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How to stop being self-employed

Working for yourself (eg as a sole trader) is a common business structure to utilise. Whenever you want to stop working for yourself, you need to make sure to follow the correct steps to stop being self-employed. Read this guide to find out more.

Last reviewed 22 November 2022.

There is no mandatory reason for you to stop being self-employed. However, you should stop being self-employed whenever you wish to stop working for yourself. For example, if you’re retiring or returning to working full-time for somebody else.

You should take the steps outlined below whenever you stop working for yourself. This includes when you stop operating as a sole trader (eg as a freelance consultant), when you stop operating as a sole trader operating under a trading name (ie using a business name as opposed to your own name) and when you stop being a member of a partnership.

Regardless of why you wish to stop working for yourself, the main step involved is informing HM Revenue and Customs (HMRC).

You can either do this online or by phone, by calling 0300 200 3310.

If you are self-employed and work in construction you must call the Construction Industry Scheme (CIS) helpline as soon as possible. The CIS helpline number is 0300 200 3210.

Every self-employed individual must complete an annual self-assessment tax return. When you stop being self-employed you must complete a final annual self-assessment tax return which can be done online or in paper form. When completing your self-assessment tax return you must:

  • work out your trading income (ie income from your self-employment)

  • add your allowable expenses (eg some costs related to closing your business, such as postage costs) - you do not need to submit proof of your expenses but you should keep records in case HMRC asks for proof at a later date

  • work out your capital allowances (including any balancing charges on business equipment you sold for which you previously claimed a capital allowance) 

  • determine if you owe capital gains tax (CGT) on any assets (eg equipment or land) you’ve sold

  • work out your final profit or loss

Due to the potential complexity of tax self-assessment, it is recommended that you get professional tax advice (eg from a chartered accountant).

The completed self-assessment tax return must be submitted to HMRC before the relevant deadline. Paper self-assessment tax returns must be received by HMRC by midnight on 31 December of the tax year. Online self-assessment tax returns must be received by midnight on 31 January of the tax year.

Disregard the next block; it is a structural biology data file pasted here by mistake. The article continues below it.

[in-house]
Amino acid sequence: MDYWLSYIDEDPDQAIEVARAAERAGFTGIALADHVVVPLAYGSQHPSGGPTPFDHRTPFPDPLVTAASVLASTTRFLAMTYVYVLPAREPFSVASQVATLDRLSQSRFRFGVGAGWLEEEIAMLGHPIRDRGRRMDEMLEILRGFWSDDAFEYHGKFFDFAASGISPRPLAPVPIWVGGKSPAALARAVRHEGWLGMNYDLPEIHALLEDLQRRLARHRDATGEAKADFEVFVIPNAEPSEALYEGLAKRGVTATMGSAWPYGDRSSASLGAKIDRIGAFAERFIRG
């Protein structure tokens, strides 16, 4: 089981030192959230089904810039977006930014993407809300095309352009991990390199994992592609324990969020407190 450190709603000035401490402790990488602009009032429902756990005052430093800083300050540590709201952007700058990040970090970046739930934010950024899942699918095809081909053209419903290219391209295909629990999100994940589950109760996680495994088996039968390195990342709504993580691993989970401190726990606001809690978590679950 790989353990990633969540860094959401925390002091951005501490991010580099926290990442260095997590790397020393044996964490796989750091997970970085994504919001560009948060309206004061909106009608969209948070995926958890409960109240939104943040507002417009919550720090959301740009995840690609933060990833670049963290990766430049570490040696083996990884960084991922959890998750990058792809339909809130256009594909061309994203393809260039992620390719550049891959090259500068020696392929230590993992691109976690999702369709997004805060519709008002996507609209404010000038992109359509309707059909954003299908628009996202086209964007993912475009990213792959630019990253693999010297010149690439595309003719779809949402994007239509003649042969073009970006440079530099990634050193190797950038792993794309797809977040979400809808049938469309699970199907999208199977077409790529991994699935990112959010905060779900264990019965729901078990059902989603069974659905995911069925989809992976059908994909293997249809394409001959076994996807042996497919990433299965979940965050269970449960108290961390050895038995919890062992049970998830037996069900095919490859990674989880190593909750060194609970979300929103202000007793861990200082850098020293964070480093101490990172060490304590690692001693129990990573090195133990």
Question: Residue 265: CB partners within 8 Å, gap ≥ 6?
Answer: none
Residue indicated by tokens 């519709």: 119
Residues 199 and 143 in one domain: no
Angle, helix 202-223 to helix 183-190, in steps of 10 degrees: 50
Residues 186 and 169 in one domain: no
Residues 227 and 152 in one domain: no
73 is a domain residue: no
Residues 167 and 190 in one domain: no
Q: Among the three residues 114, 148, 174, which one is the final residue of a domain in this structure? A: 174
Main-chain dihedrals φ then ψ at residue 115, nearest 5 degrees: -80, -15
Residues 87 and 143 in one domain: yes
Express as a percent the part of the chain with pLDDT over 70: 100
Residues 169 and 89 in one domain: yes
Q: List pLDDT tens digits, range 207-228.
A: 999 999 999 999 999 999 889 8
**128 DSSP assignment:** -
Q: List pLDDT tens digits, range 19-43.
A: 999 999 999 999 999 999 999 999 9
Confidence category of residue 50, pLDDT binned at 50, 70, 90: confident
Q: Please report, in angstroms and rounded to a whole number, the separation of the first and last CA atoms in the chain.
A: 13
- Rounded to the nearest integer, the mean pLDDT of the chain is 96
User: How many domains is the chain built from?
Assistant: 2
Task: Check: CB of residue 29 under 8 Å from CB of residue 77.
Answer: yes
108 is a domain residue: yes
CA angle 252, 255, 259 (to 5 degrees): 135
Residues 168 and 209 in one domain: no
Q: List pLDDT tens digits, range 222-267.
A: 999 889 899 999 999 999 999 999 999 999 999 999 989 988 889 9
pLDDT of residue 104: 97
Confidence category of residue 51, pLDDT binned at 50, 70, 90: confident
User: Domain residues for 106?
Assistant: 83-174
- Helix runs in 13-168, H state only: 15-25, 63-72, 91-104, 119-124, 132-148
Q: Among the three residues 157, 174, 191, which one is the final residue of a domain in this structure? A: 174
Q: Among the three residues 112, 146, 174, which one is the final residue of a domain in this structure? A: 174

Note that additional requirements apply to partnerships that are ending (eg to the nominated partner submitting a final partnership tax return). For more information, read Ending a partnership.

It is crucial to let HMRC know when you stop being self-employed. Not doing so can result in fines becoming payable. Further, if you fail to inform HMRC that you have stopped being self-employed, HMRC may continue to ask you to complete self-assessment tax returns and you may become subject to late filing penalties. For more information, see the Government’s guidance.

Once you have notified HMRC that you are stopping being self-employed you will be deregistered. This means that HMRC will not request that you submit a self-assessment tax return in the next year and will cancel your national insurance contribution.

However, even after you stop being self-employed, you should make sure to keep all relevant records for the required periods. You should also ensure that HMRC has your up-to-date contact address for the 12 months following the submission of your final self-assessment tax return. If you move within this 12-month period, you should provide HMRC with a forwarding address.

If you’re self-employed and are closing your business, you should also consider:

  • cancelling your VAT registration if you’re VAT registered - for more information on the process, see the Government’s guidance

  • making any staff you employ redundant

  • closing your Pay As You Earn (PAYE) scheme and sending a final payroll report, if you employ staff

  • informing all relevant parties (eg suppliers, customers, creditors and debtors) that you’re closing your business

For more information, read Close your business.

As a self-employed individual, you are typically personally responsible for your business’ debts. This means that if your business cannot pay its debts you will be personally liable for them. Anyone to whom your business owes money (ie a creditor) can take action against you to recover the money (ie by applying to the courts to declare you bankrupt). Alternatively, you may be able to reach an agreement (eg an individual voluntary arrangement) with your creditors. 

For more information, read Insolvency.